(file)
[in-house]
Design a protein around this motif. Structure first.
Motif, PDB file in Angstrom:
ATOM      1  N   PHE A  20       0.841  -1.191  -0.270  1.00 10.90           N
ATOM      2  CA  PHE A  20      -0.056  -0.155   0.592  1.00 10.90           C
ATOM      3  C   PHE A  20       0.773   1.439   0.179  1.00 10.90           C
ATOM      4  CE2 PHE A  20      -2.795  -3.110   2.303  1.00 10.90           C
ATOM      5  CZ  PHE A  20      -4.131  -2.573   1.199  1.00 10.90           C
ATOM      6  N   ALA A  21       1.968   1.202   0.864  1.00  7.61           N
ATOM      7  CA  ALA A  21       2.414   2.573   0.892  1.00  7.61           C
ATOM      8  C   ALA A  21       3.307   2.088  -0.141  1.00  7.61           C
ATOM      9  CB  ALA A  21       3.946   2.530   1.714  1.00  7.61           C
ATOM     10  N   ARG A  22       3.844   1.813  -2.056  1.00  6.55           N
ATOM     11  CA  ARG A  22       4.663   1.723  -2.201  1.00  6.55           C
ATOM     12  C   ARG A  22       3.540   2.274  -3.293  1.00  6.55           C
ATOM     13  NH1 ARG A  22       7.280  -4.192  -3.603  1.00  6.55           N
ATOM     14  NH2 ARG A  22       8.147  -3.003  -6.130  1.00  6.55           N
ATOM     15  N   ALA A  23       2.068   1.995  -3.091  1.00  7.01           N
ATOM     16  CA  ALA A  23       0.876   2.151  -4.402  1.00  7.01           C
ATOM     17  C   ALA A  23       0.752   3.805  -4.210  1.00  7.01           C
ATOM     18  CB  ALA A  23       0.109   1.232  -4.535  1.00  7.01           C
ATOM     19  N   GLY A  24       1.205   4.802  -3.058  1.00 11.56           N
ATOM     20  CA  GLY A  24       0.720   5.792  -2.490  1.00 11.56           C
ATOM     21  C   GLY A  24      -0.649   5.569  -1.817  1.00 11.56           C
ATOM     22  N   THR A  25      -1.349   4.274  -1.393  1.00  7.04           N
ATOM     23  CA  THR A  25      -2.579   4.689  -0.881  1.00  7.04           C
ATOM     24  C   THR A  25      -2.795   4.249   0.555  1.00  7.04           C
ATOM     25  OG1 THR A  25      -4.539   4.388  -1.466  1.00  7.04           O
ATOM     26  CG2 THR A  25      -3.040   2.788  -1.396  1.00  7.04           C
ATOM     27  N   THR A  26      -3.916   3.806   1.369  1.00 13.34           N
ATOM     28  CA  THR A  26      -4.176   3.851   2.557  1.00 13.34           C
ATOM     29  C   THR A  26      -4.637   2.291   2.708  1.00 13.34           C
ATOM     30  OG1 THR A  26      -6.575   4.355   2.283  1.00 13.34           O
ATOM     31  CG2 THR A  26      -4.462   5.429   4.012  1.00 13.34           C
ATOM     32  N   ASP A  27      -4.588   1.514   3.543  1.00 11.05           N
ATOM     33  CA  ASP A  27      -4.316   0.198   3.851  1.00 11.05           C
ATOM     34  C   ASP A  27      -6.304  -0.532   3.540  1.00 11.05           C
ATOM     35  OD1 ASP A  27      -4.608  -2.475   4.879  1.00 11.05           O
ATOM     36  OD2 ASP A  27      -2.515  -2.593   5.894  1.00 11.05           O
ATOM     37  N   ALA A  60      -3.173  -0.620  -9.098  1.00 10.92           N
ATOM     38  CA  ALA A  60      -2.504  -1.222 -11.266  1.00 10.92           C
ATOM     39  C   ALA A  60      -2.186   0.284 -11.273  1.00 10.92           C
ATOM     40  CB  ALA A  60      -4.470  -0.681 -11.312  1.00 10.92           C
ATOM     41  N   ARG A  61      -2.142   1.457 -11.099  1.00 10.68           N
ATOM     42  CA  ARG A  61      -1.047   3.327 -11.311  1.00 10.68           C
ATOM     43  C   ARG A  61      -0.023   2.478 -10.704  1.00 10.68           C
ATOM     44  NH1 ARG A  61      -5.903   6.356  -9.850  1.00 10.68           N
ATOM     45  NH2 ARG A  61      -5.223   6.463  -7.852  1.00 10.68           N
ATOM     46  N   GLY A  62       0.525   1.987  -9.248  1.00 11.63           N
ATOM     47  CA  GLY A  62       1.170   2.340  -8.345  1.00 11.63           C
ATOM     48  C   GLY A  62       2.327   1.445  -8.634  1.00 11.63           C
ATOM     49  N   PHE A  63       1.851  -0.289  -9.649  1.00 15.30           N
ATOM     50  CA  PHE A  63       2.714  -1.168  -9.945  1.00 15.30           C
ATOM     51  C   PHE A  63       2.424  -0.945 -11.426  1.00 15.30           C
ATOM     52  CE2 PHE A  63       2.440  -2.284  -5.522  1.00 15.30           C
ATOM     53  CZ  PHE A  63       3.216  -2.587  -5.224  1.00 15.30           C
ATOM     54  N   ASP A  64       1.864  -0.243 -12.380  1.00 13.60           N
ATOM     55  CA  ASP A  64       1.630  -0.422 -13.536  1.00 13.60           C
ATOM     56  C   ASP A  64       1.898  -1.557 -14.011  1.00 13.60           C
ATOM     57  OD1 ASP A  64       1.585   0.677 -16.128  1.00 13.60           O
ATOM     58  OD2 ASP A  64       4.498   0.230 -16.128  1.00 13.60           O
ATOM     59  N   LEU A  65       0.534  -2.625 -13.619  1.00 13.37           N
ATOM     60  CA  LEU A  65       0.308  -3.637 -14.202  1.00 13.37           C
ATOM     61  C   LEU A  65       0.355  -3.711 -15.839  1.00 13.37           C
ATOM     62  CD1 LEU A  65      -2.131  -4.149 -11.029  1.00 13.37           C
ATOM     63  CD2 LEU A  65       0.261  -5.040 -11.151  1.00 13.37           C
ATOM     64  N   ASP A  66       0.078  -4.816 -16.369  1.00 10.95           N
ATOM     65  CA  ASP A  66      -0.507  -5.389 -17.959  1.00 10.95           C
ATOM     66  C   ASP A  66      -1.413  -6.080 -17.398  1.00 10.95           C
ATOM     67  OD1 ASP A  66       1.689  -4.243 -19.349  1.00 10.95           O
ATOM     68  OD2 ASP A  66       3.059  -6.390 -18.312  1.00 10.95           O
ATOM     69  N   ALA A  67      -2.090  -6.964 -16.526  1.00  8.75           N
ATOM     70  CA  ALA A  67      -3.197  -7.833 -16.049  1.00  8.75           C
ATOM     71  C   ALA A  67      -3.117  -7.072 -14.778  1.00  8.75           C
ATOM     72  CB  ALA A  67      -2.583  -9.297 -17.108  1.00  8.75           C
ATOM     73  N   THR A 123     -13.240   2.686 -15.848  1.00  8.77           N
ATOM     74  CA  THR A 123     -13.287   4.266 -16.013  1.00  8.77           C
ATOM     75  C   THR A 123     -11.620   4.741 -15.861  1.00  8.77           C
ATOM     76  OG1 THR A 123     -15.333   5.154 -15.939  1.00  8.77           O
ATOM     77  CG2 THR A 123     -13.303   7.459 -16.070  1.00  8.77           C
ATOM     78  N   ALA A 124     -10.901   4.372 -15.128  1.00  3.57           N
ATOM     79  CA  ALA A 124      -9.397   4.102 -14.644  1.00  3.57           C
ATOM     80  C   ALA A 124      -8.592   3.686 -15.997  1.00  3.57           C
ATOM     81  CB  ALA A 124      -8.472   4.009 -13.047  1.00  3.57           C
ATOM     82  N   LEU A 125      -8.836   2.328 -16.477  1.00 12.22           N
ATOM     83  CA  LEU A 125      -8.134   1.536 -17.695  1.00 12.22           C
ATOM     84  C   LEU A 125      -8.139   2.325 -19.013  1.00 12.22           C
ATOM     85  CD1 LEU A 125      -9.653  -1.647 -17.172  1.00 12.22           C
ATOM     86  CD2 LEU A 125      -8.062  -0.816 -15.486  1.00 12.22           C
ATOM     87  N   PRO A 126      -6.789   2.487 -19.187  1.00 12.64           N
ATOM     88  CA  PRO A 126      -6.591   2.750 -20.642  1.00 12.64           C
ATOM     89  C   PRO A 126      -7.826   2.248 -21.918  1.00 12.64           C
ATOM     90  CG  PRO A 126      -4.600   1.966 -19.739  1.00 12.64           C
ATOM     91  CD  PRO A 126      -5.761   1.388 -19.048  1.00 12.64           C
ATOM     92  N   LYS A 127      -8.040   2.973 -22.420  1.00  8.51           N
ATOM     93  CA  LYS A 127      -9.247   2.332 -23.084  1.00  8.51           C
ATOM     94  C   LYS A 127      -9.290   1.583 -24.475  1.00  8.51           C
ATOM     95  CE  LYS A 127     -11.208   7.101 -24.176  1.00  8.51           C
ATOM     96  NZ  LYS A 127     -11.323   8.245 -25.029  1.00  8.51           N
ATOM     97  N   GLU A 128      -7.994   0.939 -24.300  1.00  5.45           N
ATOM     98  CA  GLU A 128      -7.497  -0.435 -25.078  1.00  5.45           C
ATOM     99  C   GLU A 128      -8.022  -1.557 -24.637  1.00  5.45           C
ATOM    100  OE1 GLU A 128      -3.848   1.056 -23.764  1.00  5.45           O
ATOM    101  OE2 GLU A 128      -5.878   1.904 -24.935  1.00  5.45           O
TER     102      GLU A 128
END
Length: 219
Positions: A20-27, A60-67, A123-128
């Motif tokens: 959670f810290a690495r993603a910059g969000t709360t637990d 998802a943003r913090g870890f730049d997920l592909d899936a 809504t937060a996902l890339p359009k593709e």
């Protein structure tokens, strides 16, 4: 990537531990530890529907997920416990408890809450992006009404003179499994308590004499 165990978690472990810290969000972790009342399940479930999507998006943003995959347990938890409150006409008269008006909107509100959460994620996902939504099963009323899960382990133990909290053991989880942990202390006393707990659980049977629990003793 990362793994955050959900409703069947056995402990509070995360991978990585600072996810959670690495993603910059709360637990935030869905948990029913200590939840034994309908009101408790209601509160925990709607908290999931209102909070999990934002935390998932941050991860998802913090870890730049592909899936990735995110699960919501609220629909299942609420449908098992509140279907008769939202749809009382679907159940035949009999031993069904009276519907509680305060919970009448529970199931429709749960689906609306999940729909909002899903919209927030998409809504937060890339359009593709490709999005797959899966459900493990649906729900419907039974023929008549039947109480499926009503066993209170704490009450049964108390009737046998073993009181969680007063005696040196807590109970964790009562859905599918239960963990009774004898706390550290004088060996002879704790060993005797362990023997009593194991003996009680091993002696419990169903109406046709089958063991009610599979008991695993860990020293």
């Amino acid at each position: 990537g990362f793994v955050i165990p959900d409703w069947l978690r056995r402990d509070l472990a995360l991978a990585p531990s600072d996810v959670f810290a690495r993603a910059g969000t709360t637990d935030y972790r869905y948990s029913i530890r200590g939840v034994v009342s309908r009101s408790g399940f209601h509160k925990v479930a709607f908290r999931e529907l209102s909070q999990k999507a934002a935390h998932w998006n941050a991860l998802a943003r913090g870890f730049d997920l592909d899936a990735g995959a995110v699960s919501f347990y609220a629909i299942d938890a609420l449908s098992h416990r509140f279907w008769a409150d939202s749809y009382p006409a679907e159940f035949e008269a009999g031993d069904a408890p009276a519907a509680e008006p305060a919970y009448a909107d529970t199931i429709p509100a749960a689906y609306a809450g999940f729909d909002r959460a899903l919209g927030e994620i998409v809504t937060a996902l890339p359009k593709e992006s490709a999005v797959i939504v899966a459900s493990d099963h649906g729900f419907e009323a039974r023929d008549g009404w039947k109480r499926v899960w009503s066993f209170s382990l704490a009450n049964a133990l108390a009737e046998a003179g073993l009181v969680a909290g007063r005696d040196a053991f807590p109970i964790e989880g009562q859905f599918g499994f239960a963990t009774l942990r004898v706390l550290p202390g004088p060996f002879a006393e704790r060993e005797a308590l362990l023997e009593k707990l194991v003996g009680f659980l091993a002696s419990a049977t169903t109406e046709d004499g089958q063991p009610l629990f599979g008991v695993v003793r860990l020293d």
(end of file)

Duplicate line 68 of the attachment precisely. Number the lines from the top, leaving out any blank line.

ATOM     65  CA  ASP A  66      -0.507  -5.389 -17.959  1.00 10.95           C